Sea-Tac has been one of the country’s fastest growing airports for the past three years, according to the Port of Seattle, which owns and operates the airport.

The port is putting $3.2 billion into expanding the airport in the next few years as it looks to welcome even more travelers through its gates.

The Virgin airline empire launched in the 1980s by Sir Richard Branson has struggled in recent years. After more than a decade, the Virgin Group gave up on its domestic U.S. carrier.

Alaska’s announcement to fold Virgin America into its own brand was a shock, Branson said at a press conference at Sea-Tac International Airport on Monday. He expected that “the last thing they would do is to rip the heart out of it, which is effectively seems to be what they’ve decided to do.”

Alaska Airlines still has to pay millions of dollars in licensing fees each year through 2040, he said.

“I just wonder what it was that Alaska bought; you know, why did they bother?” he said.

After tearing into the U.S. airline, Branson added, “I thought I’d be polite, but I decided not to be.”

Dan Catchpole: 425-339-3454; dcatchpole@heraldnet.com. Twitter: @dcatchpole.

Talk to us

More in Herald Business Journal

Rep. Larsen tours small businesses given federal PPP loans

The congressman said leaders in Washington D.C. continue to negotiate for further COVID-19 relief.

Boeing: No orders, more cancellations for grounded 737 Max

The company has lost more than 800 net orders so far this year.

Relieve the pandemic coin shortage: Bust open the piggy bank

The coronavirus lockdown means less metal is in circulation. Banks and merchants are desperate for change.

Glacier Lanes won’t be spared: Owners decide to close forever

Bowlers statewide are rallying to open venues shut by COVID rules, but this Everett business isn’t waiting.

Marysville sues Arlington over plan for 500 apartments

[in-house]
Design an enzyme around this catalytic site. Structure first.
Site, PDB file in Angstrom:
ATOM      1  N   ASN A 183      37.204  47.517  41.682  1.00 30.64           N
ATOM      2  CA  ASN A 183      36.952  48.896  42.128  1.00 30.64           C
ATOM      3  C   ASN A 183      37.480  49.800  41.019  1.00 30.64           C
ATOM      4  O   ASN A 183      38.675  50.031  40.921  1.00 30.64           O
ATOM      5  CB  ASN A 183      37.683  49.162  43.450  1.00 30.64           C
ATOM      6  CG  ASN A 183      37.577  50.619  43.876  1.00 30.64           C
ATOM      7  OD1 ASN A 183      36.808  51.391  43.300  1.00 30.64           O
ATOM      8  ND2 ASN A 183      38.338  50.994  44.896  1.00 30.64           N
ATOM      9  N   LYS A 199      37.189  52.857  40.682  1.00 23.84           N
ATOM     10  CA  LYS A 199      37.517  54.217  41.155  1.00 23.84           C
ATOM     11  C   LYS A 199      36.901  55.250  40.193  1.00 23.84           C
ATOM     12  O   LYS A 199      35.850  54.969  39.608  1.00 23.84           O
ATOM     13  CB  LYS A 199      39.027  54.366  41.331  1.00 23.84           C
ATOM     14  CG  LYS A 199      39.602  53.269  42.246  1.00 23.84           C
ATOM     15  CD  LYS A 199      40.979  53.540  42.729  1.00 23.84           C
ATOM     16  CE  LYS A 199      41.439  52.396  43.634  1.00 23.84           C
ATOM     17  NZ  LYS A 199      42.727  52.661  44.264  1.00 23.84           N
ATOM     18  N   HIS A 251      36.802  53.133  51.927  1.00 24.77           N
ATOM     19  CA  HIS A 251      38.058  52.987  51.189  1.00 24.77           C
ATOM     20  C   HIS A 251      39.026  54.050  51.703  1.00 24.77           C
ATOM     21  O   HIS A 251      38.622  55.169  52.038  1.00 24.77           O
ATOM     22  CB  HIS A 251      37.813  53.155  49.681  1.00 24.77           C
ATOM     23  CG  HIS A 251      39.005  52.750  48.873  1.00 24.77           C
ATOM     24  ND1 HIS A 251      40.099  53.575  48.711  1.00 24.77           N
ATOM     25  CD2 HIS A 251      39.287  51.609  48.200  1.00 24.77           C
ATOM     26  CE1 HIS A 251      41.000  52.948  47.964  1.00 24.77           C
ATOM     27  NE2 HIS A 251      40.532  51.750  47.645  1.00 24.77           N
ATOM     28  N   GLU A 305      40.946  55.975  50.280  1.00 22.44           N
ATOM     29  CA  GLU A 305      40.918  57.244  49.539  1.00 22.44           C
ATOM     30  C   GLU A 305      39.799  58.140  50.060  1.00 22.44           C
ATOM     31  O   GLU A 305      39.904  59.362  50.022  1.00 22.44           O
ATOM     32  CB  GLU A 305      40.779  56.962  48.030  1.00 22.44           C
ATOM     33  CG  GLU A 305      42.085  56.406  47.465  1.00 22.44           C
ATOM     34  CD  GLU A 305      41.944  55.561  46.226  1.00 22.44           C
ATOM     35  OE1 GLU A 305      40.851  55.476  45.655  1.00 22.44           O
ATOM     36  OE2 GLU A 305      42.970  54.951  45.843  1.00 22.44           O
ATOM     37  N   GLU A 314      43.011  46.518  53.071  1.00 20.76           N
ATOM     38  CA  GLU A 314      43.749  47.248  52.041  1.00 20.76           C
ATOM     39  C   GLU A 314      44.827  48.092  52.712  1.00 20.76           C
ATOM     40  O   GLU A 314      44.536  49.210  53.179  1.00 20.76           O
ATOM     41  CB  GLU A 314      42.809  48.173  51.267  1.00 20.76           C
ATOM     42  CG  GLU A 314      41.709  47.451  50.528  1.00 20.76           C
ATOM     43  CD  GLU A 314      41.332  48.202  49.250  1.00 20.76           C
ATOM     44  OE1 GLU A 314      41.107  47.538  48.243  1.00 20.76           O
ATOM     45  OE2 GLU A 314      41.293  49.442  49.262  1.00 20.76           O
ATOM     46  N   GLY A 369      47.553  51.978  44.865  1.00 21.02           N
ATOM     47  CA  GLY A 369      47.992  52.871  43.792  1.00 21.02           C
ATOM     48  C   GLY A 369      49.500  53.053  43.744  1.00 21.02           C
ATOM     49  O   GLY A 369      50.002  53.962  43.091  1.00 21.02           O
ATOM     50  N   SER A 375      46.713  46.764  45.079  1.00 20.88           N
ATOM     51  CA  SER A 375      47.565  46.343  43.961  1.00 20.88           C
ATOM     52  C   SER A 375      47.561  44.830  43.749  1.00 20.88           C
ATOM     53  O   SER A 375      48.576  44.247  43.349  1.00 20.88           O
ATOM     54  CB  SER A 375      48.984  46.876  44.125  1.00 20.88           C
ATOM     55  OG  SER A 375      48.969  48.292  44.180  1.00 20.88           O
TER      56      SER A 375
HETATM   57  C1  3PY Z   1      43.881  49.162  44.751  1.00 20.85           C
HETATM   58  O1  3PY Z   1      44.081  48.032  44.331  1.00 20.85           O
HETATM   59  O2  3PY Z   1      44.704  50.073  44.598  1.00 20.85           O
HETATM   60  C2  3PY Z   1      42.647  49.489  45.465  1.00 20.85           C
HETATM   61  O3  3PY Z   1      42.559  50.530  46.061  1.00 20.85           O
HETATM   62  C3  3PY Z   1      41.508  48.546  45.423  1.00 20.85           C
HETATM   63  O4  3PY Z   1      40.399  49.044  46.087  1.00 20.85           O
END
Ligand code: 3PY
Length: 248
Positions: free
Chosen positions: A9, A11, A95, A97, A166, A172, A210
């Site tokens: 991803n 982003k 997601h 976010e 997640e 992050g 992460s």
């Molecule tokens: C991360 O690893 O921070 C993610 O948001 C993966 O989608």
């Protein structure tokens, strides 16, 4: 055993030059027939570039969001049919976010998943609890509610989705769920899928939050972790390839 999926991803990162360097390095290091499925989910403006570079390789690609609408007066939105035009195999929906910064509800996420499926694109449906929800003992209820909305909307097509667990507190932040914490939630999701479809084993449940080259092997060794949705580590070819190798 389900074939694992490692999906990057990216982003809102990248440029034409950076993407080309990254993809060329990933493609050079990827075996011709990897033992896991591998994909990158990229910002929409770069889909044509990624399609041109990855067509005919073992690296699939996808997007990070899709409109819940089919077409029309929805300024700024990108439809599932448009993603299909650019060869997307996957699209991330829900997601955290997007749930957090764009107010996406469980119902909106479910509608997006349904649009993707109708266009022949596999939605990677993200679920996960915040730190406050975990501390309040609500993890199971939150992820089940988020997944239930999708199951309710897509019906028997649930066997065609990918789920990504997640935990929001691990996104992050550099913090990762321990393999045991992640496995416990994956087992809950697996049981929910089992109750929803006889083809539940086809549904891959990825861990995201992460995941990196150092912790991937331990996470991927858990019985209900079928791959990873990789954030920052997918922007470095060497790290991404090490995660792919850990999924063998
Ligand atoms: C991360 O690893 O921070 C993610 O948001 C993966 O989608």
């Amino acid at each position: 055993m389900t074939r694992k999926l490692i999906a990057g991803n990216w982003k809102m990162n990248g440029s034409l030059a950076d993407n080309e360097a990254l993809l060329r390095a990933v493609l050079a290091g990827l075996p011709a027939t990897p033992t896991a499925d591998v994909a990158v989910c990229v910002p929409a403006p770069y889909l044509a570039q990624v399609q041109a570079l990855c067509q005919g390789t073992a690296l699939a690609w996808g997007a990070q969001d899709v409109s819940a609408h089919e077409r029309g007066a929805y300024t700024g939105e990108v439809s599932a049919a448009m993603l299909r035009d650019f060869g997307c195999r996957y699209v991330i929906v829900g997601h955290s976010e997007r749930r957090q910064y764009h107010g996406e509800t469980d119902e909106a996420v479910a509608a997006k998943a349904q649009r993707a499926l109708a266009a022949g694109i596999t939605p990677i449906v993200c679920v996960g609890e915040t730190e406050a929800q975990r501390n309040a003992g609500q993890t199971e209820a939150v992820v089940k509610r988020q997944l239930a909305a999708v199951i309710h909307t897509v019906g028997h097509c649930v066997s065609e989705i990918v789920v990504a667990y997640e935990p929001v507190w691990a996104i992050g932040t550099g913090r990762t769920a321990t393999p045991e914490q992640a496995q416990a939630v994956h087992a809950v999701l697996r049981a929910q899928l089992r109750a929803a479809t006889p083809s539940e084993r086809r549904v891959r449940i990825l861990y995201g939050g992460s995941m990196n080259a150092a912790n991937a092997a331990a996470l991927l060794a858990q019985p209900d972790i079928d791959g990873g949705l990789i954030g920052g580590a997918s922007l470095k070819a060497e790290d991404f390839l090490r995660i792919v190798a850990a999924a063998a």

Marysville worries the major project on 51st Avenue NE will gum up traffic at a nearby intersection.

Snohomish County PUD embraces ‘smart’ meters despite concerns

A handful of customers said they were worried about privacy, peak-hour rate increases and safety.

Big new apartment complex anchors Broadway’s transformation

The seven-story, 140-unit Kinect @ Broadway is one of several facelifting projects in Everett’s core.

Pop into this Everett pop-up store for new vinyl records

Upper Left Records will offer albums from local bands and new pressings of classic recordings.

Everett’s new equity manager is ready to roll up her sleeves

In her new job, Kay Barnes will work to ensure that the city’s staff reflects Everett’s diversity.

Everett startup makes a swift pivot from in-person to online

Abacus links hobbyists, crafters and artists with people who want to learn new skills — virtually.

Dining in the street is now an official thing in Everett

With a free permit, businesses can expand outdoor seating to street parking areas — and fencing is provided.

FAA: Boeing pressured safety workers at S.C. aircraft plant

Federal officials are seeking to fine Boeing $1.25 million for practices related to 787 inspection oversight.